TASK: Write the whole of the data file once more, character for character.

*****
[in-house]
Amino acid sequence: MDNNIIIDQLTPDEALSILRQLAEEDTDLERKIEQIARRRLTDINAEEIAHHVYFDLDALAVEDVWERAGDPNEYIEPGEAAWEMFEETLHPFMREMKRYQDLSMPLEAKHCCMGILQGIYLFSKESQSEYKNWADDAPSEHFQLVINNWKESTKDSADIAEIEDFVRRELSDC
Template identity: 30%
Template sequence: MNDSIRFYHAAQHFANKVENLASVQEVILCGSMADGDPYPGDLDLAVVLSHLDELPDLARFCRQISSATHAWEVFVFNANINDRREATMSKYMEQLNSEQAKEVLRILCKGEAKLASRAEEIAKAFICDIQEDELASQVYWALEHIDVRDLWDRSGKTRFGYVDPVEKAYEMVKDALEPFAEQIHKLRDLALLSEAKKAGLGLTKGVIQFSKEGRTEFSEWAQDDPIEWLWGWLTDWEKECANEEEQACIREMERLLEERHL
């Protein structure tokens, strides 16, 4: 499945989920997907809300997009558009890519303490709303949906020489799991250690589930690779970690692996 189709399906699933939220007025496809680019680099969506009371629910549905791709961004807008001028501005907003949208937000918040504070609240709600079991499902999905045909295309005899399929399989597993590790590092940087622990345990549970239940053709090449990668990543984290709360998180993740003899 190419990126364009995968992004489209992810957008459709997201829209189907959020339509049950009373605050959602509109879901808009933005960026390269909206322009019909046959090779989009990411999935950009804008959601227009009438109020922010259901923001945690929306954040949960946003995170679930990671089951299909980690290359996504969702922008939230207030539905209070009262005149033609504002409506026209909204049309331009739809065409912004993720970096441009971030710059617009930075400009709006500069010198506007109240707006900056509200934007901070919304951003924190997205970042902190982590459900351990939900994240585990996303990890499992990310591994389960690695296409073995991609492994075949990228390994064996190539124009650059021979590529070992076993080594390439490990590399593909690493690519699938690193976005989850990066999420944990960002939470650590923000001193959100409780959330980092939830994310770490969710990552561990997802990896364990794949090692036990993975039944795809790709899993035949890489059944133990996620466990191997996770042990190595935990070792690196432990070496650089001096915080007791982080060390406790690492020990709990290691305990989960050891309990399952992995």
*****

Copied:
[in-house]
Amino acid sequence: MDNNIIIDQLTPDEALSILRQLAEEDTDLERKIEQIARRRLTDINAEEIAHHVYFDLDALAVEDVWERAGDPNEYIEPGEAAWEMFEETLHPFMREMKRYQDLSMPLEAKHCCMGILQGIYLFSKESQSEYKNWADDAPSEHFQLVINNWKESTKDSADIAEIEDFVRRELSDC
Template identity: 30%
Template sequence: MNDSIRFYHAAQHFANKVENLASVQEVILCGSMADGDPYPGDLDLAVVLSHLDELPDLARFCRQISSATHAWEVFVFNANINDRREATMSKYMEQLNSEQAKEVLRILCKGEAKLASRAEEIAKAFICDIQEDELASQVYWALEHIDVRDLWDRSGKTRFGYVDPVEKAYEMVKDALEPFAEQIHKLRDLALLSEAKKAGLGLTKGVIQFSKEGRTEFSEWAQDDPIEWLWGWLTDWEKECANEEEQACIREMERLLEERHL
């Protein structure tokens, strides 16, 4: 499945989920997907809300997009558009890519303490709303949906020489799991250690589930690779970690692996 189709399906699933939220007025496809680019680099969506009371629910549905791709961004807008001028501005907003949208937000918040504070609240709600079991499902999905045909295309005899399929399989597993590790590092940087622990345990549970239940053709090449990668990543984290709360998180993740003899 190419990126364009995968992004489209992810957008459709997201829209189907959020339509049950009373605050959602509109879901808009933005960026390269909206322009019909046959090779989009990411999935950009804008959601227009009438109020922010259901923001945690929306954040949960946003995170679930990671089951299909980690290359996504969702922008939230207030539905209070009262005149033609504002409506026209909204049309331009739809065409912004993720970096441009971030710059617009930075400009709006500069010198506007109240707006900056509200934007901070919304951003924190997205970042902190982590459900351990939900994240585990996303990890499992990310591994389960690695296409073995991609492994075949990228390994064996190539124009650059021979590529070992076993080594390439490990590399593909690493690519699938690193976005989850990066999420944990960002939470650590923000001193959100409780959330980092939830994310770490969710990552561990997802990896364990794949090692036990993975039944795809790709899993035949890489059944133990996620466990191997996770042990190595935990070792690196432990070496650089001096915080007791982080060390406790690492020990709990290691305990989960050891309990399952992995």